Fascinating 3 ring binder information
You can use this information to rule the world of presentation material Trivial Pursuit and destroy at office supply Cranium!
When was the 3 ring binder invented?
That depends on where you are and who you ask.
Loose-leaf paper was patented in 1854. Also in 1854, patents were filed for both the 2-ring and 3-ring binders by Henry T. Sisson of Providence, Rhode Island. Sisson recognized the need to be able to protect pages, although he was not yet exactly sure how to fix the problem. No loose-leaf binders were available on the market at that time.
Fast forward a few years and go to Germany where Friedrich Soennecken is said to have invented ring binders in 1886 in Bonn, Germany. He also registered a patent on November 14, 1886, for his Papierlocher für Sammelmappen (“paper hole maker for folders”, or hole punch).
In the US, the Chicago Binder and File Company was one of the 1st companies to offer a binder for sale in 1899.
How are binders made and has that changed much? Yes and no…
Originally, 3 ring binders were made like hardcover books – three pieces of board (binders board – a heavy paperboard) held together with book cloth covers and end sheets. As plastics got invented, vinyl binders appeared – again three pieces of board but with two sheets of thin vinyl heat sealed at the edges and hinges. Not as strong, but easier to make.
Of course, people realized vinyl is toxic.
So now, with US binder manufacturers like Corporate Image, who are concerned with the long life of the binder as well as the health of the person using it, the best 3 ring binders are made from one sheet of binders board, cased and lined with printed sheets ( or in Naked Binder‘s case recycled papers or bare board) with a hinge pressed directly into the board. No weak spots and no vinyls, these 3 ring binders are 100% recyclable and non-toxic. It is also the strongest 3 ring binder hinge and allows for round spine binders.
How many 3-ring binders are made every year?
We have wondered the same thing, but there is no good count. In the US, our best guess is that between 40 and 60 million 3 ring binders are sold every year – mostly cheap, vinyl, disposable imported ones. That is a lot of landfill.
For fascinating binder information and history to come!
Recycling a 3-ring binder is easy – ( assuming you don’t have a vinyl binder )
If you have a paper based binder – not plastic or vinyl, you are already working with a much more eco friendly binder. The core of ever Corporate Image and Naked Binder is 100% post consumer waste binders board. Every binder is recycled and recyclable.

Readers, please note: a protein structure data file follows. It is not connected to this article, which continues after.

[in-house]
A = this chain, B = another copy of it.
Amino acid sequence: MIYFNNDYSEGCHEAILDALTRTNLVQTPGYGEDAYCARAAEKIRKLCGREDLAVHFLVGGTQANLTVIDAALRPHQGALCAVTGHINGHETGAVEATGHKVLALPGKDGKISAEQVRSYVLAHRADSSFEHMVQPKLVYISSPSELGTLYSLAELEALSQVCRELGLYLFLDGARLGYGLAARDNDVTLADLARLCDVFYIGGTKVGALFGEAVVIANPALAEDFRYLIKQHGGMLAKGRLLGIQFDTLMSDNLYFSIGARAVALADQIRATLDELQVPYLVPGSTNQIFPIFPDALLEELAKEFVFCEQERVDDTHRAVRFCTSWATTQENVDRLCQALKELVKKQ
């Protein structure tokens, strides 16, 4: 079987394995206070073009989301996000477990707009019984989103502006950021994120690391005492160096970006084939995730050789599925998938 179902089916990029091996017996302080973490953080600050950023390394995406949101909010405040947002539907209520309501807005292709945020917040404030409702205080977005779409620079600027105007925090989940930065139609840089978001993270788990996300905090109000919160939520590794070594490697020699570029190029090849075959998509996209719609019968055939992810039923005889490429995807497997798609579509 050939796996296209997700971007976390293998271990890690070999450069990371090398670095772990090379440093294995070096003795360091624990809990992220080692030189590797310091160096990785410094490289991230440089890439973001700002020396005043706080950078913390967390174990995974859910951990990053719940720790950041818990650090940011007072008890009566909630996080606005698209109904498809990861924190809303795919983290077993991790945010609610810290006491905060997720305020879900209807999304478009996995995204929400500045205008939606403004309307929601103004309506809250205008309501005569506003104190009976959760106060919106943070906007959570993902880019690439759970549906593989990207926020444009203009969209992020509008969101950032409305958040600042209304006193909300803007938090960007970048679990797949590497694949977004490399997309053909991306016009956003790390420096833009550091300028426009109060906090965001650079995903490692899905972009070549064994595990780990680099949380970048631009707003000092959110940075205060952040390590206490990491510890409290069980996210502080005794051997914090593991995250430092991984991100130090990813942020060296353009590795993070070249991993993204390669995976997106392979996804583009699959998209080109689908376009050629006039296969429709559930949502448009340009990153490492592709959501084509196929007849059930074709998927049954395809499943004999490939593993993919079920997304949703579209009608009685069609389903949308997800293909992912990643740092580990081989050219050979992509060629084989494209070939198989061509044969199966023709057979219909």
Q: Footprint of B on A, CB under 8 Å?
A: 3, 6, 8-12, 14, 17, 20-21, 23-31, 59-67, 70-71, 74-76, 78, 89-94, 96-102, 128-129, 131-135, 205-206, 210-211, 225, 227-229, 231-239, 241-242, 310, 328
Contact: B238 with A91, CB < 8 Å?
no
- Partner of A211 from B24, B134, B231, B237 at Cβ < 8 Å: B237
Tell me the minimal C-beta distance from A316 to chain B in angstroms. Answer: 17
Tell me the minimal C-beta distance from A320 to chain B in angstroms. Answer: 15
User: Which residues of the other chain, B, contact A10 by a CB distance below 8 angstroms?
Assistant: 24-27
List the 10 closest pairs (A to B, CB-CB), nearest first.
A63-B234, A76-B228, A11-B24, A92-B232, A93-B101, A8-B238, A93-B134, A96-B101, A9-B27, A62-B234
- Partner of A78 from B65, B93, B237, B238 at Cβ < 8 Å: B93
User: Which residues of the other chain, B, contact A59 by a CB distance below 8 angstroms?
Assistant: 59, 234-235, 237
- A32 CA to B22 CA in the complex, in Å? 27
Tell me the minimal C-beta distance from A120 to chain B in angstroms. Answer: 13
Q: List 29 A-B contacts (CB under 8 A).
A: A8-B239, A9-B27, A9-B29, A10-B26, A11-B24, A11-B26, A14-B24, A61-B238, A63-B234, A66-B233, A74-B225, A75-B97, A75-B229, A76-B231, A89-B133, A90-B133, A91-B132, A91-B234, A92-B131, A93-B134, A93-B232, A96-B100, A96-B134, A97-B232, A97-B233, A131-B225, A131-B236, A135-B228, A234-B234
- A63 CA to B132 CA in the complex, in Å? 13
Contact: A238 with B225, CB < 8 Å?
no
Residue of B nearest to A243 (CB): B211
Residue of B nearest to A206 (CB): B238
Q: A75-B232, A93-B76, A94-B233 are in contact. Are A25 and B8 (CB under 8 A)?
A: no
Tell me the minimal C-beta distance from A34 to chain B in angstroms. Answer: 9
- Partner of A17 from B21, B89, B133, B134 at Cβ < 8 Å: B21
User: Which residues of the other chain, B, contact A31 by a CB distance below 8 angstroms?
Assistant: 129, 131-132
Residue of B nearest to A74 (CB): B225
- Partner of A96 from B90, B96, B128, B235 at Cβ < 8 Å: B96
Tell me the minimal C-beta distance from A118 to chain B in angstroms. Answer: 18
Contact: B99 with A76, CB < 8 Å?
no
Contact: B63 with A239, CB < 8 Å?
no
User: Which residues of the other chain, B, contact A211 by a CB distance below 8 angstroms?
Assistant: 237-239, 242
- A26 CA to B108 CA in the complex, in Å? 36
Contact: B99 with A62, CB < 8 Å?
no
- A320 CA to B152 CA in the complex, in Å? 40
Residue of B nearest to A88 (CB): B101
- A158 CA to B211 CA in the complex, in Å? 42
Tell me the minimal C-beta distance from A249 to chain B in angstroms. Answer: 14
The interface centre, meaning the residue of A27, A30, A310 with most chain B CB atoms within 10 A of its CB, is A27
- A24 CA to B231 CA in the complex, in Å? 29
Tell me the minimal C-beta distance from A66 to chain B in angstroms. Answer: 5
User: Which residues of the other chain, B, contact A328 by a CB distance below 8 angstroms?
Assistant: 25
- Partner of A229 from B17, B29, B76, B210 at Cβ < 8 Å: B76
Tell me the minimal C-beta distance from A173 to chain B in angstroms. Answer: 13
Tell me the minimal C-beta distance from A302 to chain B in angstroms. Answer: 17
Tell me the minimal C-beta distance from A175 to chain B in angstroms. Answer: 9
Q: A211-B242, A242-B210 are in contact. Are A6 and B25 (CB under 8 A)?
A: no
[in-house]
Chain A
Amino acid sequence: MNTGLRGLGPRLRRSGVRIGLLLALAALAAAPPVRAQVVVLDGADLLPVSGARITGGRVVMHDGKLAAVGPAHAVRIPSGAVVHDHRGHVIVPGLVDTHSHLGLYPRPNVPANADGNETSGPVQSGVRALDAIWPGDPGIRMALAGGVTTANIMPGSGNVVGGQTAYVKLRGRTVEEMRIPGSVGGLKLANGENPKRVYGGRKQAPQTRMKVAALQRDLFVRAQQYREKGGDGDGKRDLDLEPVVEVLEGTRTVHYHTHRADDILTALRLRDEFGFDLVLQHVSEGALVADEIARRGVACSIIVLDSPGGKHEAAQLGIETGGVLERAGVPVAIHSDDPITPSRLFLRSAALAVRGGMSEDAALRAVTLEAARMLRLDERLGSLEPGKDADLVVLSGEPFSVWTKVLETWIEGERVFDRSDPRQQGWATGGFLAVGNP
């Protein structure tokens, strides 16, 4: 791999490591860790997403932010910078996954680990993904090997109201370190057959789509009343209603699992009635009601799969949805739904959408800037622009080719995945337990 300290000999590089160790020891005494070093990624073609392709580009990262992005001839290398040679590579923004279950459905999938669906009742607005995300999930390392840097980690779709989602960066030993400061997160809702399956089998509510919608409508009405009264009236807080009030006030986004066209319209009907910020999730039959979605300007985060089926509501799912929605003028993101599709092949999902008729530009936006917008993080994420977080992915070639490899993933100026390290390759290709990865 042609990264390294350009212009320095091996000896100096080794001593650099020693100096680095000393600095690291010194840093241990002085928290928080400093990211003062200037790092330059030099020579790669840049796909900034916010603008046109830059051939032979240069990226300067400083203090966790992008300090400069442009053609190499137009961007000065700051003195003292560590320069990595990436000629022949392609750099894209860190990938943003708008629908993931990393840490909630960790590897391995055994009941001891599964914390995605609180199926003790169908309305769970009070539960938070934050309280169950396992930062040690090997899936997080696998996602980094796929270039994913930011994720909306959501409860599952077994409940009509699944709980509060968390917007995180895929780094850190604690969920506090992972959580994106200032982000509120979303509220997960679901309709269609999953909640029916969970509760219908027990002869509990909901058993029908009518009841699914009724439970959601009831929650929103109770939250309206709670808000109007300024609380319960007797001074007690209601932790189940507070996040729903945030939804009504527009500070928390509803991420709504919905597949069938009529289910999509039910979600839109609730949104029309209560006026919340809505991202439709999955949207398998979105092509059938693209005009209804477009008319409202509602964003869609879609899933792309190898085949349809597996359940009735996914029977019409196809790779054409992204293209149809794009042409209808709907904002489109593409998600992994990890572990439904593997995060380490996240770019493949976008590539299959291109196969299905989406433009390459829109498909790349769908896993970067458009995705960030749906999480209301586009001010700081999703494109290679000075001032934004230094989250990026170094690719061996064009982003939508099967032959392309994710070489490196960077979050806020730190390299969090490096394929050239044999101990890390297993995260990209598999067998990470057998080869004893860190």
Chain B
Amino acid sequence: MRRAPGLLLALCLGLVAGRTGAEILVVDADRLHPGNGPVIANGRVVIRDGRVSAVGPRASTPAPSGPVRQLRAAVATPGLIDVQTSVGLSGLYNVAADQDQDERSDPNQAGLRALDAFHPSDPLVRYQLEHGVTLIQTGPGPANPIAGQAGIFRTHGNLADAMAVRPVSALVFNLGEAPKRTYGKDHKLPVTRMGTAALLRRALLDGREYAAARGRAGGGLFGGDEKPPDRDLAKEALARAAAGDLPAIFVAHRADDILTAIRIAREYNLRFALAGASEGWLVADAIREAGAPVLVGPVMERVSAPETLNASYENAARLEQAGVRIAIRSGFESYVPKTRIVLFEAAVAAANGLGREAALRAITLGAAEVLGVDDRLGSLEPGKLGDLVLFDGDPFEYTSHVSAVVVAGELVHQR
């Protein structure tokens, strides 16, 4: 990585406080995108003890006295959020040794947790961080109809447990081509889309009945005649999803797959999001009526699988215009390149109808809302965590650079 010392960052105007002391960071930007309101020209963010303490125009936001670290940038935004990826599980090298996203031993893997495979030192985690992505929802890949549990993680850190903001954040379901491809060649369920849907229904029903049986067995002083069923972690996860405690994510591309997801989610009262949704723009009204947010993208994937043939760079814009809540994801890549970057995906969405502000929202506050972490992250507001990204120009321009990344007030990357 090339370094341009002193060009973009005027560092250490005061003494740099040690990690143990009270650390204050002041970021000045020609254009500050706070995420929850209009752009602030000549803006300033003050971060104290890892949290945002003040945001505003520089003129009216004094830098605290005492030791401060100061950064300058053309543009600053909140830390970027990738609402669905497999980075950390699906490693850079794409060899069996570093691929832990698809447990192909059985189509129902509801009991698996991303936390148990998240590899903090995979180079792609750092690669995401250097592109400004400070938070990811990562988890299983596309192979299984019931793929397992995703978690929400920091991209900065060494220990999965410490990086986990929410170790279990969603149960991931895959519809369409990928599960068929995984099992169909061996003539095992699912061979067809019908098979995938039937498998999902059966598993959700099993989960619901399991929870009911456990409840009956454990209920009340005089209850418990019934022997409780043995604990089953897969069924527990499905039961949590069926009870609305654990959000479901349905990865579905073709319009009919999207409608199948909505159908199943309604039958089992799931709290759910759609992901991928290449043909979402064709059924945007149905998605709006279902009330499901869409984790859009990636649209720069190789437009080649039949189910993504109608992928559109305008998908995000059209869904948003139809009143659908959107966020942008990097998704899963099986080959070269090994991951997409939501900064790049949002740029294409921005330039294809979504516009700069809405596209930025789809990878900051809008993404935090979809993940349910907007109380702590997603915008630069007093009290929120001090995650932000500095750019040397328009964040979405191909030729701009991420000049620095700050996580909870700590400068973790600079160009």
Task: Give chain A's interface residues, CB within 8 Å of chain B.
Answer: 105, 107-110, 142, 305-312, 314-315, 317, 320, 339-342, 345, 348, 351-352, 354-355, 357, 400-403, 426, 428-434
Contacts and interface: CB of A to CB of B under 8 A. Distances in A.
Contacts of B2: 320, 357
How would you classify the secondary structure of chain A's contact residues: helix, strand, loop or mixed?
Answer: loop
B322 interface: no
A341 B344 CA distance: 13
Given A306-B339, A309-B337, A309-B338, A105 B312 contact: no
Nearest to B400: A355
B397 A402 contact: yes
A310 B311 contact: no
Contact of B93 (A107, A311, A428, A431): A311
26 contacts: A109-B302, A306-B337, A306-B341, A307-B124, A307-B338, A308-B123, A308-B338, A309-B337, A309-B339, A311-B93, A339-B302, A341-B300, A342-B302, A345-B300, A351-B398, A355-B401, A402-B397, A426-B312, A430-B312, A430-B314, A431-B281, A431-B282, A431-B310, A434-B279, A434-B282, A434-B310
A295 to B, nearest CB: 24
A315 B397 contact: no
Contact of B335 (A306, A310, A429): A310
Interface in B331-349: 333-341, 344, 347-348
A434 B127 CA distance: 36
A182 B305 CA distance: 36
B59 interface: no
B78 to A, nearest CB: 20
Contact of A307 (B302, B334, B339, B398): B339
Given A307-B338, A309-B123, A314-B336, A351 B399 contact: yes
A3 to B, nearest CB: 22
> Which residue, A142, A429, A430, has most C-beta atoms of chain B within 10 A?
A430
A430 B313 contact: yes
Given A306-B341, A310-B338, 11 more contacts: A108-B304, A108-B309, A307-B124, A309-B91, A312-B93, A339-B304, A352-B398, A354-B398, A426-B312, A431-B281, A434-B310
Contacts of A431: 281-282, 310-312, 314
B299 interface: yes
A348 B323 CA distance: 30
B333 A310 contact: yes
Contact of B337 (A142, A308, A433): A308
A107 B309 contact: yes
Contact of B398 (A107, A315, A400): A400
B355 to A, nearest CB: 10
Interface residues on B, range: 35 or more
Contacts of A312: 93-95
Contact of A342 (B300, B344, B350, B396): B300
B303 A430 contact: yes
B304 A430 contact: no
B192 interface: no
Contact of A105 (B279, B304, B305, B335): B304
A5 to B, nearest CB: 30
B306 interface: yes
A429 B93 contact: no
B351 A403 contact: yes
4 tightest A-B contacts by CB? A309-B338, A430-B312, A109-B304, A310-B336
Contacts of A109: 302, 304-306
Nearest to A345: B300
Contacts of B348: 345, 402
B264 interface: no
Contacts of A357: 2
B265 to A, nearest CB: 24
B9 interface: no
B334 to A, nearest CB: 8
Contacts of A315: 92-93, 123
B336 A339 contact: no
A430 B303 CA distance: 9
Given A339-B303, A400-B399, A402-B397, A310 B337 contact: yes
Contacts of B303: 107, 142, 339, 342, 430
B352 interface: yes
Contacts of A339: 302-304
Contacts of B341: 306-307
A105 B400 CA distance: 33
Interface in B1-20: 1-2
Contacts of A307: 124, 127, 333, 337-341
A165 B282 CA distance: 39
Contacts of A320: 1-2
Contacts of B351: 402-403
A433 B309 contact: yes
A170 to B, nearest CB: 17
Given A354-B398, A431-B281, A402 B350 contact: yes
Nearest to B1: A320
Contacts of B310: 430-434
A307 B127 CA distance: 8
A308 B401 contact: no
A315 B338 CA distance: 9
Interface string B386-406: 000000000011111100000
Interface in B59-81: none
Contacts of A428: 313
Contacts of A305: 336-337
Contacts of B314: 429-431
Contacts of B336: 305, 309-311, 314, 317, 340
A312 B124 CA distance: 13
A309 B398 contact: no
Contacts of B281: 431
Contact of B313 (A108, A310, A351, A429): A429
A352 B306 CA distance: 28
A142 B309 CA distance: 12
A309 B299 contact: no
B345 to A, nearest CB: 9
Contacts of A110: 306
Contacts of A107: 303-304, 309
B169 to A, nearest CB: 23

This Naked Binder video shows you how you can have your eco friendly 3-ring binder ready to recycle in seconds.
Tools You Need:
Flat head (standard) Screwdriver.
Recycling a Vinyl Binder is harder. There is no option to just recycle a vinyl binder the way you can a paper one. They fall apart faster and yet are basically landfill – somewhat toxic landfill. Naked Binder tried to find a way to recycle vinyl binders. If you like you can read about our quest here.
First, pop out the ring, just as you saw above.
Next take a knife and cut open the vinyl about a half inch from the edge of each panel and on the spine. You will probably need to split the vinyl on at least two sides of each panel to remove the chipboard panels inside.
Now that you have the components, the board can go in the paper recycling, the metal in the metal recycling and the vinyl? Now there is a good question. time to get on the phone to find out if your city/county/state has vinyl recycling capabilities. You will find they don’t. While the industry says it recyclable “there are currently no vinyl recycling programs available.” (from thread post).
If you have 6 binders, this is a pain, takes about 30 minutes, and a bit of garbage that will go to landfill. If you are a corporation with 10,000 binders, this is more serious. Besides the time to separate each component, Landfills consider vinyl a toxic asset in large quantities. The 3,000 pounds of vinyl you have will need to be shipped to a special landfill or stored indefinitely.
In these cases, the per binder cost sky rockets. Including labor, storage and shipping (along with short life and toxicity) into the binder price may convince you that the initial cost savings were not worth it.
The moral of this tale is to use paper based 3-ring binders. They are stronger, look better and 100% recyclable!
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